As huts go, the Karabiner Club hut at Dinorwic is pretty sizeable, which meant that the four of us on the meet seemed to be rattling around like peas in a drum, although the addition of a KMC member on Saturday did boost numbers, if only briefly.
As is often the case for me, any good weather in Snowdonia was playing hard to get, so a damp start on Saturday saw both teams heading off at different times to Anglesey in search of dry rock. With bone hard ground and a strong wind blasting the crag, there was no danger of running across wet rock at Holyhead Mountain, so having donned seven layers, I set off in search of on-sights. This is easier said than done when you’ve visited a crag as often as I’ve visited this one (usually in retreat from Snowdonia), but Primrose Hill (VD) proved to be a likely candidate for a warm up – this in the climbing sense only; my seven layers were only just maintaining a reasonable body temperature. This route was popular with the CMC as Dave and Jon were starting on it as we completed our descent.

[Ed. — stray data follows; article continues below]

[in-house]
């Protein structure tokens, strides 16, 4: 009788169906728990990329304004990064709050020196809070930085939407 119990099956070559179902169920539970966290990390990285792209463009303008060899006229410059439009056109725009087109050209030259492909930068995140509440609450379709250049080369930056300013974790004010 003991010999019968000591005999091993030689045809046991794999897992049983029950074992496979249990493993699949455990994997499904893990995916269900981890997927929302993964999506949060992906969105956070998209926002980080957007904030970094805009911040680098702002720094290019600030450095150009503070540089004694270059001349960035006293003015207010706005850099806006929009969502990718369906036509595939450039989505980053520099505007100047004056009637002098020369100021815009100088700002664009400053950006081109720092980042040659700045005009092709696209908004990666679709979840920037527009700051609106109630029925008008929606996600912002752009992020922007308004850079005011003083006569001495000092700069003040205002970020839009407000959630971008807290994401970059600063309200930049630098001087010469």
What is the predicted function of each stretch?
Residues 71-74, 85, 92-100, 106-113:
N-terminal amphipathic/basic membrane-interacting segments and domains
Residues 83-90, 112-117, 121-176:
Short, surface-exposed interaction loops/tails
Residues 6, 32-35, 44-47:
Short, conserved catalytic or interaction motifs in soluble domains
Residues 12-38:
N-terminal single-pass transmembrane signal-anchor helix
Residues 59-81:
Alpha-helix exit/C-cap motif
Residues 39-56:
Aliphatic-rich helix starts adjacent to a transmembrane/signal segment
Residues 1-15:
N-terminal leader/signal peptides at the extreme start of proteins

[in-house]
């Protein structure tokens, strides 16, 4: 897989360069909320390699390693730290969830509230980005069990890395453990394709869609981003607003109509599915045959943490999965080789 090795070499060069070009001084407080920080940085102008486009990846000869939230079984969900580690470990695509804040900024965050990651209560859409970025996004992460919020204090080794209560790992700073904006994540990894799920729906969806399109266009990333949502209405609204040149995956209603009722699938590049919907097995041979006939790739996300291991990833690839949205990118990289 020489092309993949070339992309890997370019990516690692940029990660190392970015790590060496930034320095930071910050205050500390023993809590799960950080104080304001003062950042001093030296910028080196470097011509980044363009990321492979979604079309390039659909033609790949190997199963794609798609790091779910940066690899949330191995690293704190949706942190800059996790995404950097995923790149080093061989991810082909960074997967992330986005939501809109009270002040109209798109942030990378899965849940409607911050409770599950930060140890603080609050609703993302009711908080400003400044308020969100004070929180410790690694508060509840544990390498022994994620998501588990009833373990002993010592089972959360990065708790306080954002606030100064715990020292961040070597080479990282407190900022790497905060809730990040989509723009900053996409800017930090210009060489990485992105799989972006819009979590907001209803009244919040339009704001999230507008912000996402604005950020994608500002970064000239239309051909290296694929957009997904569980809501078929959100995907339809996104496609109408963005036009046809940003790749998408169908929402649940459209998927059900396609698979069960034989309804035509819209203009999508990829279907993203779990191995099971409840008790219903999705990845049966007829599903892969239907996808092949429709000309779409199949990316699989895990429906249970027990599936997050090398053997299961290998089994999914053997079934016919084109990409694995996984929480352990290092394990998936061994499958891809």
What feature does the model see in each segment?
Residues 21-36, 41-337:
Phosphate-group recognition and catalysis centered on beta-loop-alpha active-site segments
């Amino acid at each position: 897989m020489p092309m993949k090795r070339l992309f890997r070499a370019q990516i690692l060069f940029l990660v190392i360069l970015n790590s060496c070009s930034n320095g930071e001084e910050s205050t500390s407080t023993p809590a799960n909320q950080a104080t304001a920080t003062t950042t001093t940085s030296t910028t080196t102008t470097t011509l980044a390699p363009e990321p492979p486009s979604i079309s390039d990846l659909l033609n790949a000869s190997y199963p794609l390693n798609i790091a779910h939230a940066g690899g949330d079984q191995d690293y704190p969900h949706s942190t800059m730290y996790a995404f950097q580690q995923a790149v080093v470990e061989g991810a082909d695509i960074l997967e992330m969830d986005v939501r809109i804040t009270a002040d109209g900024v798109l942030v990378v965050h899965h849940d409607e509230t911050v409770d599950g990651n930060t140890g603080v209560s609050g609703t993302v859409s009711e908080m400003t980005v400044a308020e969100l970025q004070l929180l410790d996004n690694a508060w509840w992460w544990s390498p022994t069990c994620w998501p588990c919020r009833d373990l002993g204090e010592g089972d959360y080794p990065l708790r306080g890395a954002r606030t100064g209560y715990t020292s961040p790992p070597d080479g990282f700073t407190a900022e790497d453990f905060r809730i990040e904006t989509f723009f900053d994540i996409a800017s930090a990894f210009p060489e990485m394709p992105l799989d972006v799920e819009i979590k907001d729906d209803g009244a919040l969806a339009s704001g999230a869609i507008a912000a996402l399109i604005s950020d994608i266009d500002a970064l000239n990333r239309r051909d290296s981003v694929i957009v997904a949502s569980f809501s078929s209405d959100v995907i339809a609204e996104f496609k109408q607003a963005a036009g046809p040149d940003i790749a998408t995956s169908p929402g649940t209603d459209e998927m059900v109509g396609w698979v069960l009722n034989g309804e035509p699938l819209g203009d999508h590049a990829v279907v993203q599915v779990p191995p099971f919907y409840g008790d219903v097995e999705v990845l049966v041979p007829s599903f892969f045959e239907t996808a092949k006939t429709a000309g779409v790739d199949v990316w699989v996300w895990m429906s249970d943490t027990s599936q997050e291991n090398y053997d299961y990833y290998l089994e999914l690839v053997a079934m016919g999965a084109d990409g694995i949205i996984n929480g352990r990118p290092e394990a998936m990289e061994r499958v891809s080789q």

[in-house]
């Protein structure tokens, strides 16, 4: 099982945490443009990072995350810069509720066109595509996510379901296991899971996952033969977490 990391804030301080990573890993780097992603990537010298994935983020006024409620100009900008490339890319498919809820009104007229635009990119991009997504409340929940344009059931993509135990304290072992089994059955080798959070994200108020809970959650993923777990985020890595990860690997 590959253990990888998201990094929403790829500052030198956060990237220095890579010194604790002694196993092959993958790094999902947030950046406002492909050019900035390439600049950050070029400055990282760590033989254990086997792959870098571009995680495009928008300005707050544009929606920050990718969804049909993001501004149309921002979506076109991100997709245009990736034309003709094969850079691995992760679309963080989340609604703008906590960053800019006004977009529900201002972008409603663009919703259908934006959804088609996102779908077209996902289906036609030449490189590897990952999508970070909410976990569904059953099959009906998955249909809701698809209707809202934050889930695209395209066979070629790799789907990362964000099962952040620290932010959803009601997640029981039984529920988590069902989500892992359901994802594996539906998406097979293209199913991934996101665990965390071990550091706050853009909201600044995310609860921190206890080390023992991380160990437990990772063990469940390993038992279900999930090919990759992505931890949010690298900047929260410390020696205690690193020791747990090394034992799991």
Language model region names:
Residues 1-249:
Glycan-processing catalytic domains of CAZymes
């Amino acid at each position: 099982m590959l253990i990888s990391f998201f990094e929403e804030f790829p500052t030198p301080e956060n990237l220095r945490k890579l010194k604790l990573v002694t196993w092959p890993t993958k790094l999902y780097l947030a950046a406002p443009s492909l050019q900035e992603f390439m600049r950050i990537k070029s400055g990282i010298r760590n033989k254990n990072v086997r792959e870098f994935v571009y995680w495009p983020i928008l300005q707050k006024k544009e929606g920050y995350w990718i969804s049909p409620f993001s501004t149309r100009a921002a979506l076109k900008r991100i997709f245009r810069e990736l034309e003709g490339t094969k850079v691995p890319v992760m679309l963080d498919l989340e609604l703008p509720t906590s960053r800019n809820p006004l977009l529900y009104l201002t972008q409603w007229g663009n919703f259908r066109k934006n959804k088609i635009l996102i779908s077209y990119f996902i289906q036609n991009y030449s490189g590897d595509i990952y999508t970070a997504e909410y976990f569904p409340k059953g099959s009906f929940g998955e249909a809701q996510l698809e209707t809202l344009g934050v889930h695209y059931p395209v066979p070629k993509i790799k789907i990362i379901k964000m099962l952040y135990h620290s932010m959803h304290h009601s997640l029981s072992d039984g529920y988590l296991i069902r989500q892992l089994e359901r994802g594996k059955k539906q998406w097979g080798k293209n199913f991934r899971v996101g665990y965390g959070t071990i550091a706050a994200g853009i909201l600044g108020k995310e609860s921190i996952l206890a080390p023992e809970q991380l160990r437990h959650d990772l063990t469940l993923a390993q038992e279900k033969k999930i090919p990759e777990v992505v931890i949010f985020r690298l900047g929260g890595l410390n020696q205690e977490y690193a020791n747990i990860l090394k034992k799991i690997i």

Detailed consultation of the guidebook followed and with only lean pickings on offer to the chilled on-sighter, Erica was showing an unhealthy interest in The Elephant’s Arse. For those not in the know, I should point out that this doesn’t refer to a pachyderm’s posterior, but a two pitch climb at S 4a, 4b that involves climbing up to and squeezing through a tight slot to gain a belay in the bowels of the cliff. With my UKC on-sight percentage dangerously close to falling below the 50% mark, Erica generously pointed me at it. I’m sure she meant well, but while sporting a dodgy shoulder, being wrapped up like Michelin Man and having a history of failing on these narrow fissures (Helfenstein’s Struggle and Born Again are still vivid in my memory), she wasn’t really doing me much of a favour. I did show willing by climbing up to the offending orifice, arranging protection and then throwing all my gear through the slot, but I could only manage to fit my head and one shoulder into the beast’s lower digestive tract. Being in a horizontal position at this point and with legs flailing, it wasn’t just the elephant’s arse that was on display, nonetheless, it felt a little unfair that she who got me into this predicament should be finding so much merriment in my semi-submerged position. Eventually discretion prevailed and having retrieved my gear I renounced my role as human rectoscope and descended back to the ground, only to be greeted by looks of great disappointment – well, all I can say is I tried my best.